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*Art Research

Updated 8/25/2021

Finding books

Art books are classified in the Library of Congress system under N and T, based on medium, and are shelved on two different floors. Here are the subject breakdowns by floor:

Fifth floor

N - Visual Arts

NA - Architecture

NB - Sculpture

NC - Drawing. Design. Illustration

ND - Painting

NE - Print Media

NK - Decorative Arts

       NK3700-4695 - Ceramics

NX - Arts in General

Fourth floor

The Oversized collection, just behind the

Children's collection  consists mostly of art books.

Look for call numbers such as O NC 537-

O designates this collection

TR - Photography

First floor

All new books are shelved across from the circulation desk.




Students, Faculty, Staff, and Campus Affiliates

Search the catalog. If an item is available as an eBook, you can get a copy by clicking "Download This eBook." You may need to login to complete the download.

In some cases, you may only be able to download a couple of chapters, not the entire book. Or, you may only be able to view the book online and not download it at all. It depends on the company that licenses the book to the library. 

If you are not a member of the campus community

While we would like to make eBooks available to everyone, our licensing agreements do not allow it. Some eBooks may be viewable only when you are physically in the library, but in most cases, off-campus access is not available. 

Interlibrary Loan
Request books, print and electronic articles, and more from libraries across the nation and throughout the world.

Request items via WorldCat, a global catalog containing books, video recordings, serials, and online materials from thousands of libraries worldwide.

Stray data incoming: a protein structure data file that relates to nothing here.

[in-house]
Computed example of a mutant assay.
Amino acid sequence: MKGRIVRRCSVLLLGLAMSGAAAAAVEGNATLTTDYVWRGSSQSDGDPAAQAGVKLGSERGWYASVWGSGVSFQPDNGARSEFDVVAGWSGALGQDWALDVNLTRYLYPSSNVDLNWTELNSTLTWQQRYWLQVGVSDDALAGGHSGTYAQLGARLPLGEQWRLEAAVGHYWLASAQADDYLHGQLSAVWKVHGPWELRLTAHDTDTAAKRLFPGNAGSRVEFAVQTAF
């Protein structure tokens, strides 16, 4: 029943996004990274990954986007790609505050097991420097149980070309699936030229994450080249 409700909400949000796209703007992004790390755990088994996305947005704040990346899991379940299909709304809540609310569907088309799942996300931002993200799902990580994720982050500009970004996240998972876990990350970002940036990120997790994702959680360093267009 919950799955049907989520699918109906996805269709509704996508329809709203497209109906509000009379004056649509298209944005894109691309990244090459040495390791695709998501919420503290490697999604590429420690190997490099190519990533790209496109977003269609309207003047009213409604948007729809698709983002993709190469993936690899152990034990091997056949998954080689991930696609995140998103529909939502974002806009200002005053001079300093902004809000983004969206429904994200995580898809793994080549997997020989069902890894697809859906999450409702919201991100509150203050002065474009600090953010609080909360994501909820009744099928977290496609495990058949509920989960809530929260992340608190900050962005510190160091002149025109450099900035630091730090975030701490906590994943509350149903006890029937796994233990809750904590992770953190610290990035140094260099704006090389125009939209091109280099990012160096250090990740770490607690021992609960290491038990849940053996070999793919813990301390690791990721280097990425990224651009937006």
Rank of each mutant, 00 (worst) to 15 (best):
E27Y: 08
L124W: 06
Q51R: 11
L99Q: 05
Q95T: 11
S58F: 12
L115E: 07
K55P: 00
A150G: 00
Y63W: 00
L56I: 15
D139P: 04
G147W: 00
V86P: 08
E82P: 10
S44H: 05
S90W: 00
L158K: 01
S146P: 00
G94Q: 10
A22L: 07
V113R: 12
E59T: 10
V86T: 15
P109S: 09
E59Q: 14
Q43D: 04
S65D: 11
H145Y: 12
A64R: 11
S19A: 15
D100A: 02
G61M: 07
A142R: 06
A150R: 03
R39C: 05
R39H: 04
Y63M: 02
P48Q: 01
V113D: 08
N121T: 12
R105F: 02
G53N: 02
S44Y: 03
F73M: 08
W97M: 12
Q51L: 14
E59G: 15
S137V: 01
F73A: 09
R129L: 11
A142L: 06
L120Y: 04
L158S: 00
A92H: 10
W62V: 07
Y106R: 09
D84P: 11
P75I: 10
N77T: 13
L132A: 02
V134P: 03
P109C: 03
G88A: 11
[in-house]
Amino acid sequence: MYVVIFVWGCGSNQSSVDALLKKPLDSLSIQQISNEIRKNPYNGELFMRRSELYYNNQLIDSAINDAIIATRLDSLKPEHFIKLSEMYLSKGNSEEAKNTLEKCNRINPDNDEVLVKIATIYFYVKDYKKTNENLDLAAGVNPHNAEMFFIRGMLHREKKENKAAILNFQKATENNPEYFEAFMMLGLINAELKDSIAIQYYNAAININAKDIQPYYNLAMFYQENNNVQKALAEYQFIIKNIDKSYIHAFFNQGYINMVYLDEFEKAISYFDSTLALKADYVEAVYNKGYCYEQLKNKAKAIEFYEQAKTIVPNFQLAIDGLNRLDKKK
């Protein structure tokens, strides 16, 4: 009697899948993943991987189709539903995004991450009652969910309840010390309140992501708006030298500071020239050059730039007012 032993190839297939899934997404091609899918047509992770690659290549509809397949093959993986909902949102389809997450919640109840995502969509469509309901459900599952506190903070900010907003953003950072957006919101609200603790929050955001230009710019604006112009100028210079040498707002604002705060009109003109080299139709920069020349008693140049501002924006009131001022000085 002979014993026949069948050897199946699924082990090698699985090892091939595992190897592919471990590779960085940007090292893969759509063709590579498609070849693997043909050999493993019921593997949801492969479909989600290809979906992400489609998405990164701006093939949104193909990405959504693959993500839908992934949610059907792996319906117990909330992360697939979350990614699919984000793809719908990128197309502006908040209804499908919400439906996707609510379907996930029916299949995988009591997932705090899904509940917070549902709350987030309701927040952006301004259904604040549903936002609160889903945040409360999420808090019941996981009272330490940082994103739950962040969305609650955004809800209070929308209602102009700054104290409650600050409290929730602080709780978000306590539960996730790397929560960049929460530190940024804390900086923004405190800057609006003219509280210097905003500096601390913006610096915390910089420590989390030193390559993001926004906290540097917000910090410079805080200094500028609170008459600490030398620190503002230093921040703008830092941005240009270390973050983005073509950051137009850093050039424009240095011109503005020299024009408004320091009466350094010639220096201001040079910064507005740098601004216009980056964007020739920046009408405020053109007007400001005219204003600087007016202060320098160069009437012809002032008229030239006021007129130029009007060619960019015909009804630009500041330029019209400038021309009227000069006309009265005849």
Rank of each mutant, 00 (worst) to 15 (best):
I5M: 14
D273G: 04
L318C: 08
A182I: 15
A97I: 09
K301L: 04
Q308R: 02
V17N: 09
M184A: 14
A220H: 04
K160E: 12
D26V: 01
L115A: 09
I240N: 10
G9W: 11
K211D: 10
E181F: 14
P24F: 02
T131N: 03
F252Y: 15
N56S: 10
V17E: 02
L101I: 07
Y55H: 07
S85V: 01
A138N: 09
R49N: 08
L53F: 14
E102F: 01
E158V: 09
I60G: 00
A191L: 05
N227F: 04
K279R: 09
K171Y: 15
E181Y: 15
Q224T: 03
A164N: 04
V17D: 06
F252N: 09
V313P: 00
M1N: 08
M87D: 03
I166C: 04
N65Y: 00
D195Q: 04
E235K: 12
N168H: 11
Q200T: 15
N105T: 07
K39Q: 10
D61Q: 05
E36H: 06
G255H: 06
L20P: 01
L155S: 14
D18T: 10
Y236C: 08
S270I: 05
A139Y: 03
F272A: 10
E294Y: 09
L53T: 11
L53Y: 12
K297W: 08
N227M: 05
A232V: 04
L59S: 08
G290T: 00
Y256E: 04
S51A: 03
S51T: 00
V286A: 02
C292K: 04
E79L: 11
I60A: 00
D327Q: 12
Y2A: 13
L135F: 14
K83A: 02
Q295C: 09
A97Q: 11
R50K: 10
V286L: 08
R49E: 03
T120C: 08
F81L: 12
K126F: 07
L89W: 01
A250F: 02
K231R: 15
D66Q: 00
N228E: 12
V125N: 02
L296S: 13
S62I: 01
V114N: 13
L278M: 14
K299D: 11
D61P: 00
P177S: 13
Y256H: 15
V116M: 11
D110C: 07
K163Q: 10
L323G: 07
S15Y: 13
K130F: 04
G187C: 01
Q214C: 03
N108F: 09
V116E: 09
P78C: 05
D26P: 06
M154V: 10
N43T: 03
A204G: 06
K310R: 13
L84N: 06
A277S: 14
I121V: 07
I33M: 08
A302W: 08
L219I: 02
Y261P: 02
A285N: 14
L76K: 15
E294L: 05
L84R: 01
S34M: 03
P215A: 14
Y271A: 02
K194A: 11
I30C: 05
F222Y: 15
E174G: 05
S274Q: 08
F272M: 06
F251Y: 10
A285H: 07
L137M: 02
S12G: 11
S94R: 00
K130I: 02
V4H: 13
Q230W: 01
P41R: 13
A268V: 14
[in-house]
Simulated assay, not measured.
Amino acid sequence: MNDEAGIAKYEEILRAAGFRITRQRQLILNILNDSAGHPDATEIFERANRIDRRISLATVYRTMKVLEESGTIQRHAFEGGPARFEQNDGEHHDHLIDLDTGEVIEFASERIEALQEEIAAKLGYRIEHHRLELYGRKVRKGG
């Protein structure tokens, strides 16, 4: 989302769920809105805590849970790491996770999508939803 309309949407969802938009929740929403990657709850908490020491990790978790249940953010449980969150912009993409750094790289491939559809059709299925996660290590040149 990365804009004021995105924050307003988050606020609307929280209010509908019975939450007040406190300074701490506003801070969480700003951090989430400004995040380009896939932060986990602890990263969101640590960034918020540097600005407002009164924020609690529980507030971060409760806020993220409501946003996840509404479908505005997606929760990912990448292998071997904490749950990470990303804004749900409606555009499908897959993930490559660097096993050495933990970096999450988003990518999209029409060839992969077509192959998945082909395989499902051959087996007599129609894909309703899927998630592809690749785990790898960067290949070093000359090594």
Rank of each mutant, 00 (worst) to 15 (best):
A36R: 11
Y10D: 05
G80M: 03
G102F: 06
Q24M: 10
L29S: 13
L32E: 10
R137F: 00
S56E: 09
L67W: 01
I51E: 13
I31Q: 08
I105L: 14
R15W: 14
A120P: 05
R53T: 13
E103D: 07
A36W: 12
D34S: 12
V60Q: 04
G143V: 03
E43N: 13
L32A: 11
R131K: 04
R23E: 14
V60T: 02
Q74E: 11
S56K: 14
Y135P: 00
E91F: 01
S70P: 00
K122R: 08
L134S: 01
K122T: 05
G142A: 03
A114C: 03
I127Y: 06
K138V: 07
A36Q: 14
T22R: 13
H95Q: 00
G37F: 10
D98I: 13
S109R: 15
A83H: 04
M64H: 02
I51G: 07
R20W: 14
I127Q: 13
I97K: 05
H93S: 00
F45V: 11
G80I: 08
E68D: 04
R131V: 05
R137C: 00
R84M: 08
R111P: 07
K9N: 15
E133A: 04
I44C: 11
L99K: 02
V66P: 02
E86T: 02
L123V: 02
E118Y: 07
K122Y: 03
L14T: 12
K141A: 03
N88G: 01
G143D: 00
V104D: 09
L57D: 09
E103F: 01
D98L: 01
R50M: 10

Prospector Regional Catalog contains 20 million+ items from libraries in and around Colorado. Materials can be requested and delivered to CSU-Pueblo library.

Academic and Popular Sources

Scholarly literature is written for an academic audience, in academic journals and peer-reviewed articles, and popular literature is written for mass appeal, in trade publications, magazines, and newspapers.

Neither scholarly nor popular literature is better than the other, but you will use them differently in writing a paper. You'll have to examine each source and evaluate how it's relevant to your project.

When you're deciding whether to use scholarly, popular, or other types of literature, you'll come across the descriptor "peer-reviewed." This means that several scholars have examined the article to ensure its academic quality and value for the field. Watch the video in the tab (to the right) for more information about peer review.

Academic, or scholarly, journals contain a mixture of Original research articles, Review articles, and Book reviews. All three of these are important parts of academic conversations.

Original research usually follows the process of peer-review. These articles discuss new research, new ways of looking at an idea, or new solutions to an old problem. In scientific fields, engineering, and psychology, original research usually contains the word "study" in the first or second sentence of the abstract.

Review articles take a long look at a large area of research, or a specific field of study. A climate scientist may write about the ways climatologists have examined tree cores. A literary scholar may examine the ways other scholars have looked at gender in Julius Caesar. An historian may write of the ways American historians have studied Darwin. A psychologist may write about how other psychologists have studied adolescent cyberbullying. Review articles are written by experts in the field, about the field, and for other researchers to examine their place in the field.

Book reviews are written by scholars as a way to discuss a book's value for the field. Often, these reviews widely vary, depending on the scope of the journal. It is important to note that these reviews are not simply whether a book is good or not; they address the value of the book for scholars in the field covered by the journal.